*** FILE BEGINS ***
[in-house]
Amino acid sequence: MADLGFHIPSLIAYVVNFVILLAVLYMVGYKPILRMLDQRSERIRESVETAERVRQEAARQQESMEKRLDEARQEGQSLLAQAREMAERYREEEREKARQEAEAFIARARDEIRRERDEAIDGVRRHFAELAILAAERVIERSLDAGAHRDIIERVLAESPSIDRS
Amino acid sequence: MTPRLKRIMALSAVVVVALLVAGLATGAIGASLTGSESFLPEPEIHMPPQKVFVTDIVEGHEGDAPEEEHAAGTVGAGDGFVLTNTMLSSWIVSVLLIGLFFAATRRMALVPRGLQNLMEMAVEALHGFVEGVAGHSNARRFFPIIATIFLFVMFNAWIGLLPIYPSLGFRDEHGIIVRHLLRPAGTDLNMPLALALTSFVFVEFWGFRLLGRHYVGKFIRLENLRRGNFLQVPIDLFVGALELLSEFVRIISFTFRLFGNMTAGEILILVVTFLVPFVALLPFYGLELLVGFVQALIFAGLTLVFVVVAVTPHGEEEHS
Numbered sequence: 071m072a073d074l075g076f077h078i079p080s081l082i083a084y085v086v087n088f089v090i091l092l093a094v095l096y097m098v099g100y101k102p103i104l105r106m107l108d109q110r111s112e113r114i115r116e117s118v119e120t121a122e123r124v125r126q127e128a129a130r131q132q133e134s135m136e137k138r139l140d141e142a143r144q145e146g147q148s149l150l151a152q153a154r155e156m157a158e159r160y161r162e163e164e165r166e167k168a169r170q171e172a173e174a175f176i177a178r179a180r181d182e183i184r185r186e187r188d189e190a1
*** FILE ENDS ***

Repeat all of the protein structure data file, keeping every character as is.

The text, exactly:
[in-house]
Amino acid sequence: MADLGFHIPSLIAYVVNFVILLAVLYMVGYKPILRMLDQRSERIRESVETAERVRQEAARQQESMEKRLDEARQEGQSLLAQAREMAERYREEEREKARQEAEAFIARARDEIRRERDEAIDGVRRHFAELAILAAERVIERSLDAGAHRDIIERVLAESPSIDRS
Amino acid sequence: MTPRLKRIMALSAVVVVALLVAGLATGAIGASLTGSESFLPEPEIHMPPQKVFVTDIVEGHEGDAPEEEHAAGTVGAGDGFVLTNTMLSSWIVSVLLIGLFFAATRRMALVPRGLQNLMEMAVEALHGFVEGVAGHSNARRFFPIIATIFLFVMFNAWIGLLPIYPSLGFRDEHGIIVRHLLRPAGTDLNMPLALALTSFVFVEFWGFRLLGRHYVGKFIRLENLRRGNFLQVPIDLFVGALELLSEFVRIISFTFRLFGNMTAGEILILVVTFLVPFVALLPFYGLELLVGFVQALIFAGLTLVFVVVAVTPHGEEEHS
Numbered sequence: 071m072a073d074l075g076f077h078i079p080s081l082i083a084y085v086v087n088f089v090i091l092l093a094v095l096y097m098v099g100y101k102p103i104l105r106m107l108d109q110r111s112e113r114i115r116e117s118v119e120t121a122e123r124v125r126q127e128a129a130r131q132q133e134s135m136e137k138r139l140d141e142a143r144q145e146g147q148s149l150l151a152q153a154r155e156m157a158e159r160y161r162e163e164e165r166e167k168a169r170q171e172a173e174a175f176i177a178r179a180r181d182e183i184r185r186e187r188d189e190a1